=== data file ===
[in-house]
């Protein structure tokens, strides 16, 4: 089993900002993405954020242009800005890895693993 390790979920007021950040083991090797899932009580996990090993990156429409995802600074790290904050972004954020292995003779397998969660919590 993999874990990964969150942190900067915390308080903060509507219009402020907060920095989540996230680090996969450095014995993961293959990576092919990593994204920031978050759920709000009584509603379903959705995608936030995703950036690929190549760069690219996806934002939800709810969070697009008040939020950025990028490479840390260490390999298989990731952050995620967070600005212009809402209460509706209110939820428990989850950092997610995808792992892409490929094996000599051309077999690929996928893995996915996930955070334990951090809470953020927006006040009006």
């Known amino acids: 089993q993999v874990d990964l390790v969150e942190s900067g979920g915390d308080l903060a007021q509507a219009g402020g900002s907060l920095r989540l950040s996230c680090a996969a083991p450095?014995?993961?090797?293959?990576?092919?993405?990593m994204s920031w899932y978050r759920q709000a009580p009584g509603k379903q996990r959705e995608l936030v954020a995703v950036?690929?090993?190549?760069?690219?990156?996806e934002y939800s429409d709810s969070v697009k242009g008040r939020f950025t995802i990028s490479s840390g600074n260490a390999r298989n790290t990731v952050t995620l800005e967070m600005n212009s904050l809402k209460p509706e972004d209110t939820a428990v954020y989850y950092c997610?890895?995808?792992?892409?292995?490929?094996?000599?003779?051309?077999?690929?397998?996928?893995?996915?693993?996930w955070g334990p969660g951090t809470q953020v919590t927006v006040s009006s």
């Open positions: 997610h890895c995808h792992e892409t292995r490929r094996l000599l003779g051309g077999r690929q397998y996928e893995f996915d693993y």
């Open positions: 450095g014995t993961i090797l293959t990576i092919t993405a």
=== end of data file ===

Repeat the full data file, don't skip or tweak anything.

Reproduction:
[in-house]
């Protein structure tokens, strides 16, 4: 089993900002993405954020242009800005890895693993 390790979920007021950040083991090797899932009580996990090993990156429409995802600074790290904050972004954020292995003779397998969660919590 993999874990990964969150942190900067915390308080903060509507219009402020907060920095989540996230680090996969450095014995993961293959990576092919990593994204920031978050759920709000009584509603379903959705995608936030995703950036690929190549760069690219996806934002939800709810969070697009008040939020950025990028490479840390260490390999298989990731952050995620967070600005212009809402209460509706209110939820428990989850950092997610995808792992892409490929094996000599051309077999690929996928893995996915996930955070334990951090809470953020927006006040009006």
């Known amino acids: 089993q993999v874990d990964l390790v969150e942190s900067g979920g915390d308080l903060a007021q509507a219009g402020g900002s907060l920095r989540l950040s996230c680090a996969a083991p450095?014995?993961?090797?293959?990576?092919?993405?990593m994204s920031w899932y978050r759920q709000a009580p009584g509603k379903q996990r959705e995608l936030v954020a995703v950036?690929?090993?190549?760069?690219?990156?996806e934002y939800s429409d709810s969070v697009k242009g008040r939020f950025t995802i990028s490479s840390g600074n260490a390999r298989n790290t990731v952050t995620l800005e967070m600005n212009s904050l809402k209460p509706e972004d209110t939820a428990v954020y989850y950092c997610?890895?995808?792992?892409?292995?490929?094996?000599?003779?051309?077999?690929?397998?996928?893995?996915?693993?996930w955070g334990p969660g951090t809470q953020v919590t927006v006040s009006s």
């Open positions: 997610h890895c995808h792992e892409t292995r490929r094996l000599l003779g051309g077999r690929q397998y996928e893995f996915d693993y």
């Open positions: 450095g014995t993961i090797l293959t990576i092919t993405a």